Kazakh bread comes in many forms and is eaten in large quantities. The oldest type of bread in Kazakhstan is baursak, small pieces of yeast dough which are fried in oil and served at every feast. Baursak are eaten with both meat dishes and soups. Alternatively, you can slather honey or jam onto these donut-like morsels and eat them with tea for dessert. On September 7, 2014, a culinary contest held in Almaty among seven mother-and-daughter-in-law teams resulted in a whopping 856 kilograms of baursak being cooked and a new Guinness World Record being set.
Samsas are baked pastries made from puffy or flaky, yeast or unleavened dough. They may be round, triangular or square in shape and are usually stuffed with beef and onions, although pumpkin and potato varieties are also common. Samsas are usually baked in a clay oven called a tandoor.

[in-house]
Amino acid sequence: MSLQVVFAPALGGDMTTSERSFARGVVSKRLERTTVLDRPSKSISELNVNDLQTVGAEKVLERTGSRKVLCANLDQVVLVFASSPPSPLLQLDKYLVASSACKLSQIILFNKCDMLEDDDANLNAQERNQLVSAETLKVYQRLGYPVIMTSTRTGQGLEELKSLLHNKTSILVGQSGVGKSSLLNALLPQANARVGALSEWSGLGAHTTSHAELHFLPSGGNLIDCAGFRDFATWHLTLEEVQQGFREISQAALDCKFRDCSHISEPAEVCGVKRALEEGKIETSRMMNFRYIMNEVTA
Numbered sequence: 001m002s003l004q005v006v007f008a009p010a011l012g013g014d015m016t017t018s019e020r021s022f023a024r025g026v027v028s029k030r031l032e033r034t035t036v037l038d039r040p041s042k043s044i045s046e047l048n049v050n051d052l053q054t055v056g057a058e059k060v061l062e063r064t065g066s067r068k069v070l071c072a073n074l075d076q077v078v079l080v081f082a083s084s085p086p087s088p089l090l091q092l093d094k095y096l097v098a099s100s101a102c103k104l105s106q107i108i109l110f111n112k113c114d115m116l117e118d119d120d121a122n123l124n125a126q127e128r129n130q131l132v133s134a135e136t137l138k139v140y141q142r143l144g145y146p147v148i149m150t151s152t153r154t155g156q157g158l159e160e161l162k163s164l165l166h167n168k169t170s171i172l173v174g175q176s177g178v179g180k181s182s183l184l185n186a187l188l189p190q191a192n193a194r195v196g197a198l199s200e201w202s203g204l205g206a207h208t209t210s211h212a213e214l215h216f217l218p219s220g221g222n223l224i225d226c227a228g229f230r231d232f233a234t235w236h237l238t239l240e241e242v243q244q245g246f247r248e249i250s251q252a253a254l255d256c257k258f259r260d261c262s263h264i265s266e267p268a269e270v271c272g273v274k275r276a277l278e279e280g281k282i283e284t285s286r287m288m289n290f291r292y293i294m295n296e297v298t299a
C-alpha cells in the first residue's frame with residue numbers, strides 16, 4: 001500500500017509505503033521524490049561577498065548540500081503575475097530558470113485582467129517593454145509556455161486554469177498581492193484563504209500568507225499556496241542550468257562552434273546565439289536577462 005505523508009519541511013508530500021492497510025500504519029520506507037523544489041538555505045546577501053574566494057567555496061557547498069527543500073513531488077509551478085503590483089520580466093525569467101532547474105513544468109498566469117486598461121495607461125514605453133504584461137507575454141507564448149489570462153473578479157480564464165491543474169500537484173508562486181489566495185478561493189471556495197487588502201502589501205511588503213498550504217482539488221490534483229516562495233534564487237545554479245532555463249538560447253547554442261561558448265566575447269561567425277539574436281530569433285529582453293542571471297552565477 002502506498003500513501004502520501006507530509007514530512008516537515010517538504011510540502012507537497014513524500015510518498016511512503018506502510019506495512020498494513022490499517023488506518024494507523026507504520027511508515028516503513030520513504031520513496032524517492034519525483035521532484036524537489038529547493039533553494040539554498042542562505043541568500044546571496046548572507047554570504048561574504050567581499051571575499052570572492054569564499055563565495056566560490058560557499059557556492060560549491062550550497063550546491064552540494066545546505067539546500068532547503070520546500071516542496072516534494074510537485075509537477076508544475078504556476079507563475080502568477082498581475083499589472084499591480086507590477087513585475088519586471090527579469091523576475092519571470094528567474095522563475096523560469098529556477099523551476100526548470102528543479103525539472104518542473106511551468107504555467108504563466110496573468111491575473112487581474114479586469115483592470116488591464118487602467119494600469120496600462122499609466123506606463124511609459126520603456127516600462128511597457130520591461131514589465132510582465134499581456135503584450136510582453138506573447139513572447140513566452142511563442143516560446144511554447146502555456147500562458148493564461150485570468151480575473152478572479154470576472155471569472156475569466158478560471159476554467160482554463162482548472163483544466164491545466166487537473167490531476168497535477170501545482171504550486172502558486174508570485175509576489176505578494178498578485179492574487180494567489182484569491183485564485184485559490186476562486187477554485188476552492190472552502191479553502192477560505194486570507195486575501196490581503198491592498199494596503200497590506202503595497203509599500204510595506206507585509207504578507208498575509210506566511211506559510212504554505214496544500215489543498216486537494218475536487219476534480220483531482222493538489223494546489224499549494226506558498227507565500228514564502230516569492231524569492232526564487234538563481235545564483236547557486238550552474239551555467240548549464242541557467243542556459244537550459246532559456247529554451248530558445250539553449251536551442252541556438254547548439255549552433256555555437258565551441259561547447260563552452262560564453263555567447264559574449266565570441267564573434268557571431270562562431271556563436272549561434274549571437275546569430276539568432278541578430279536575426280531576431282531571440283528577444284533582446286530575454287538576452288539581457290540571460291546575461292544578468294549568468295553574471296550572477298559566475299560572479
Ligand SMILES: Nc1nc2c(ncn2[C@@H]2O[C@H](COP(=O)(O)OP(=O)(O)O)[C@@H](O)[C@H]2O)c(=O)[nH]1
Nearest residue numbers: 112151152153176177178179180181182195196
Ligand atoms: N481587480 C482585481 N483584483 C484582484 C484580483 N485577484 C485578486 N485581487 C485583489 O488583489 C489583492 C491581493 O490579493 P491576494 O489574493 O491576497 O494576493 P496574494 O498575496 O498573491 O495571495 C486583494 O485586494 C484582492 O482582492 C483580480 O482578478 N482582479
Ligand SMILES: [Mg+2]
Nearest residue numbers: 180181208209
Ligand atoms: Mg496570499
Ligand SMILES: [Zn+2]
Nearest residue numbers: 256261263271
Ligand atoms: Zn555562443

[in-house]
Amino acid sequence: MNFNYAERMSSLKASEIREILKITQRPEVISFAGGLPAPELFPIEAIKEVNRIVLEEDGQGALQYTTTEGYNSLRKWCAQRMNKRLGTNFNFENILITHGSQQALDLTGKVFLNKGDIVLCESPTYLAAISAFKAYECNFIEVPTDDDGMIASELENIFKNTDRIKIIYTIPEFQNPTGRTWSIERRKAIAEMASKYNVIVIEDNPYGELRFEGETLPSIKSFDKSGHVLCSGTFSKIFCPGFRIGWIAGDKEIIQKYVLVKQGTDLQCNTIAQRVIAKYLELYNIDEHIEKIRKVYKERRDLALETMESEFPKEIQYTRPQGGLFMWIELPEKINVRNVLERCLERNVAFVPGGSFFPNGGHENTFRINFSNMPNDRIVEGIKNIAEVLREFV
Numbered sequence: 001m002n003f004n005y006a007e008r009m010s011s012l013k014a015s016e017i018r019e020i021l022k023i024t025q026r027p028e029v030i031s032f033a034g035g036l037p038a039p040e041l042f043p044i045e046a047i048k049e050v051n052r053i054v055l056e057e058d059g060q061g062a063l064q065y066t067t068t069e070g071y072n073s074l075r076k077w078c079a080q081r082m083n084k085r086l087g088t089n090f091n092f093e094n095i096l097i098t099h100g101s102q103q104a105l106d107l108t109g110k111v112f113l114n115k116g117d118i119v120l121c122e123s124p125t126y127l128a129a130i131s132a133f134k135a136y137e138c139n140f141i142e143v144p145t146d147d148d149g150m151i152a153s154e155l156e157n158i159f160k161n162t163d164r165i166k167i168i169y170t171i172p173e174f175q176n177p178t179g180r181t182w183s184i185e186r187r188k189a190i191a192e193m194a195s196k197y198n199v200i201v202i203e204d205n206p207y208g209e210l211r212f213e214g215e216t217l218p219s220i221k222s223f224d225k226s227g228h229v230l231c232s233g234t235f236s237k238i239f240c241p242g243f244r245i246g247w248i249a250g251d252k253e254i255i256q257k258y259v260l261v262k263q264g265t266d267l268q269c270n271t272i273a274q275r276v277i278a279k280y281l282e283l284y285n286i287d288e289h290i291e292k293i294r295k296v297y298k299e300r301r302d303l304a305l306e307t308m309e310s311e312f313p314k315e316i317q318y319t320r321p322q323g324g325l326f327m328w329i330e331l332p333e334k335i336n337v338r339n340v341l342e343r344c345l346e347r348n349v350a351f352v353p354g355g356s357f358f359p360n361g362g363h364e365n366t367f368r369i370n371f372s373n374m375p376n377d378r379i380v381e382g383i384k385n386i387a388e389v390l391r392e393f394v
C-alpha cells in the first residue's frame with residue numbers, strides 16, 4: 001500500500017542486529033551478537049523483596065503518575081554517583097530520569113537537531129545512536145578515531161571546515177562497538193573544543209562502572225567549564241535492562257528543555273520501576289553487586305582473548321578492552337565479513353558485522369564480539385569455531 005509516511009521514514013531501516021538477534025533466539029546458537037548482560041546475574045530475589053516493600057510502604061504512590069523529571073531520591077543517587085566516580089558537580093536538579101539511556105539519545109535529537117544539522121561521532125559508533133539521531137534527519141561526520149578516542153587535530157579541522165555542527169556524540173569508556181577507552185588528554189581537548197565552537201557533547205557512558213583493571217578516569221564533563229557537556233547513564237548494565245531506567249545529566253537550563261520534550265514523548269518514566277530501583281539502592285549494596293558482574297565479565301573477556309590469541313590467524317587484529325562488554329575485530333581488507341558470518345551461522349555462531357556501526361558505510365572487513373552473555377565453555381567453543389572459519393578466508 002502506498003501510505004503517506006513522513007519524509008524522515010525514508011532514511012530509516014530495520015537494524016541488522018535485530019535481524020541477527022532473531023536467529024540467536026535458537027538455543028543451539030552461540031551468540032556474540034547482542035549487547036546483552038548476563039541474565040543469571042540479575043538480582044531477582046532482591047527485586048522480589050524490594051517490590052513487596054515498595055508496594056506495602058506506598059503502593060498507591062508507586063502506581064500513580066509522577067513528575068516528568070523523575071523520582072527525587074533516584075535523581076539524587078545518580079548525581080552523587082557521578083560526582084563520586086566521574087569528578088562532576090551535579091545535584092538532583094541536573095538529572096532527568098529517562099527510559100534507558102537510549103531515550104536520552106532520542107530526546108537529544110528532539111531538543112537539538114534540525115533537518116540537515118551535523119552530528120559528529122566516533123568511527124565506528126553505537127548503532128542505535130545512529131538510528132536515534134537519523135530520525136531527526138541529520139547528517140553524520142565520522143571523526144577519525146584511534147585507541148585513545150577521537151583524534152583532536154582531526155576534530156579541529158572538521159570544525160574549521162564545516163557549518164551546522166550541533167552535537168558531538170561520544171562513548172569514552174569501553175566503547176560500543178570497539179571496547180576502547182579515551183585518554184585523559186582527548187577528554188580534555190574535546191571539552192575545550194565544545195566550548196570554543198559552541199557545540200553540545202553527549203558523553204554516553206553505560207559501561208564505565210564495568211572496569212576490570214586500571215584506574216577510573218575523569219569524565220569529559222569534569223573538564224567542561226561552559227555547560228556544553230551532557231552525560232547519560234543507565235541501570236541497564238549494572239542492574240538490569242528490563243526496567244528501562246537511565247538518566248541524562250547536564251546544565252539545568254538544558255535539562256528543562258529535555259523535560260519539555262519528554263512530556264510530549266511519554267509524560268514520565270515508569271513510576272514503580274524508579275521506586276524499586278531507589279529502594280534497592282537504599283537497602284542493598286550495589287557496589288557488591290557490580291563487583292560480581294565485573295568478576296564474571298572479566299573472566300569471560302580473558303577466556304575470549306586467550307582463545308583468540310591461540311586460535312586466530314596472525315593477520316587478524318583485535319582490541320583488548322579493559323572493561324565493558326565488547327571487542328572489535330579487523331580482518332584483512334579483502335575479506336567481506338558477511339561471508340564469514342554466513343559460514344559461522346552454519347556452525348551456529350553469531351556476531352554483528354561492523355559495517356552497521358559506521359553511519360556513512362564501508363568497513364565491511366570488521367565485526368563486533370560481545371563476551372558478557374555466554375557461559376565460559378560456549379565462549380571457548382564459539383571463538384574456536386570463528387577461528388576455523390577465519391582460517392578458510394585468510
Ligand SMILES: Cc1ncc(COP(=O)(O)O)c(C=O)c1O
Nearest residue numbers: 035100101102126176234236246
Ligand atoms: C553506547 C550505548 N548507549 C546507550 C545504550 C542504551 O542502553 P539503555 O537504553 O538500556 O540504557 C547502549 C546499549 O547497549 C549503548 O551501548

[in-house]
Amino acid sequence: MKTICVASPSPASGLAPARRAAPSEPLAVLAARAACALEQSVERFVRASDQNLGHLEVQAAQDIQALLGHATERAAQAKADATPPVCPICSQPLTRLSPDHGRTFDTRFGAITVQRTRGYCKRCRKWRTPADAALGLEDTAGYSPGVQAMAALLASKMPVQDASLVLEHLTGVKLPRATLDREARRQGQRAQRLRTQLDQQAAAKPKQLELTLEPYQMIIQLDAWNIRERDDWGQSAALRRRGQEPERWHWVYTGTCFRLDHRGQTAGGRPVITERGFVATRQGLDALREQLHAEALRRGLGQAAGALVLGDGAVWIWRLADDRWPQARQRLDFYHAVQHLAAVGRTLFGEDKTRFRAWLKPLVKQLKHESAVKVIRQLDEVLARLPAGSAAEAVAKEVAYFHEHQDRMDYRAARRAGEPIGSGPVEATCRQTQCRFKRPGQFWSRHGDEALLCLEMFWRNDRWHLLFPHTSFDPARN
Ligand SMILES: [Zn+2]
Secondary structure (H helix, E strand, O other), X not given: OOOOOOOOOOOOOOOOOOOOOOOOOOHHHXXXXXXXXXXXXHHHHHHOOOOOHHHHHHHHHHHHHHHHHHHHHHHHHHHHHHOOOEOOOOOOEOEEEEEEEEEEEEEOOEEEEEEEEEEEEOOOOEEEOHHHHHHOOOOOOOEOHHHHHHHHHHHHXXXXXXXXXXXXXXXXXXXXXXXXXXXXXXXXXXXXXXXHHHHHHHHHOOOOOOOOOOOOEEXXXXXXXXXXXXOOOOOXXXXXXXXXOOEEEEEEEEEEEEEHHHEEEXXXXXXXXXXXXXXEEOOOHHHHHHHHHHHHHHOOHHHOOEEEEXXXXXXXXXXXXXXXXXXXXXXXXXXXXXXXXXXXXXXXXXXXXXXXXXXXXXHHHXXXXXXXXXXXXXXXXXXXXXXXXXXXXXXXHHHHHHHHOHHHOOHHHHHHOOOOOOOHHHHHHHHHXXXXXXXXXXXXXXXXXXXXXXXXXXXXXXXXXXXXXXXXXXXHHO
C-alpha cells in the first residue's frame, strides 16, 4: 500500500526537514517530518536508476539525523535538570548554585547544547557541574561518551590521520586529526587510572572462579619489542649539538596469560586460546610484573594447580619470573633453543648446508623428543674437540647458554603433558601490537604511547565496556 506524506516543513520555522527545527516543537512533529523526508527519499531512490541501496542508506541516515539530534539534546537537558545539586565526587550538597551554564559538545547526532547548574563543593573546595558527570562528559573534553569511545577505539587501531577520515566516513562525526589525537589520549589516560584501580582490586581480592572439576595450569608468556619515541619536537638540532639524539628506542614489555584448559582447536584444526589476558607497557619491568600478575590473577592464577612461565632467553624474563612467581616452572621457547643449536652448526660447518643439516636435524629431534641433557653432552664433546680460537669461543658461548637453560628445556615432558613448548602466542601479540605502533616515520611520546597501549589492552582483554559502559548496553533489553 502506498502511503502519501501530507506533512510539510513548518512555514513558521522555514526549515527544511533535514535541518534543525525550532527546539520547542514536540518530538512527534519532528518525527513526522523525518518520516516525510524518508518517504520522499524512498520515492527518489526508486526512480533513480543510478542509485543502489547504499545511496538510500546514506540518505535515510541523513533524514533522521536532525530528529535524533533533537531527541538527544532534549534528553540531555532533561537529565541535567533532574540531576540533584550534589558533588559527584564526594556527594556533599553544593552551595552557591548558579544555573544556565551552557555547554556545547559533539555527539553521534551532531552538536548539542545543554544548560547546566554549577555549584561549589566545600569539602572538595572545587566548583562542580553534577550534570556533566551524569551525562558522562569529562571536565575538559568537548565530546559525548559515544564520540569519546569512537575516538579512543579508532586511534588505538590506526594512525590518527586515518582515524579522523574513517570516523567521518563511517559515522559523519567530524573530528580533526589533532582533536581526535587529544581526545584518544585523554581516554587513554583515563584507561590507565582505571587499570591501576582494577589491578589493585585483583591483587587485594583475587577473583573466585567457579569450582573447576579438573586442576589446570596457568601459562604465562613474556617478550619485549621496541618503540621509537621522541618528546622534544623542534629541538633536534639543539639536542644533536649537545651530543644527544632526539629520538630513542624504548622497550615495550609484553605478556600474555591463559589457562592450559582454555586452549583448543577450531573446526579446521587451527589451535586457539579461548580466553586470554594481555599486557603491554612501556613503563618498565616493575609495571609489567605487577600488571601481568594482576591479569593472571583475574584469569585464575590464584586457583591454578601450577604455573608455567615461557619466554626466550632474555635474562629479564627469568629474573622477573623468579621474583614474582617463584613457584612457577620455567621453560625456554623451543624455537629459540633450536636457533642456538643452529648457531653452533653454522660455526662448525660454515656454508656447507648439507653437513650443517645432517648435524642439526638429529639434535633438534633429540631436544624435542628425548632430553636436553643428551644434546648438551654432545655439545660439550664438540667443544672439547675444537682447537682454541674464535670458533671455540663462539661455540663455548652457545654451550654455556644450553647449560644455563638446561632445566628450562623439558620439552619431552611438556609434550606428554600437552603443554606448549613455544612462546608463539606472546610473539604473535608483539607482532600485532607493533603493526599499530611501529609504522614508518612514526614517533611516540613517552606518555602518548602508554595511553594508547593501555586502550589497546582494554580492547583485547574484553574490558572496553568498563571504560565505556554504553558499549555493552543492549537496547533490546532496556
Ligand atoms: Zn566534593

Shelpek (silpek) is a tortilla-like flatbread made from thin, unleavened dough which is fried in oil. There are several variations of this Kazakh break recipe including thin and crispy shelpek, flaky onion shelpek and shelpek cooked with kefir or small amounts of yeast. In some families it is customary to prepare seven shelpek every Friday and distribute them to those in need.
Tandoor naan is a round yeast bread baked in a tandoor oven. The most common type of bread in Kazakhstan, tandoor naan is distinguished by the small imprint created in its center. Sesame seeds are commonly sprinkled atop this naan.
Ak naan is a Kazakh bread which resembles tandoor naan but is flatter and also contains onions.
Taba naan is a round sourdough bread which has butter worked into the dough before it is baked over charcoal.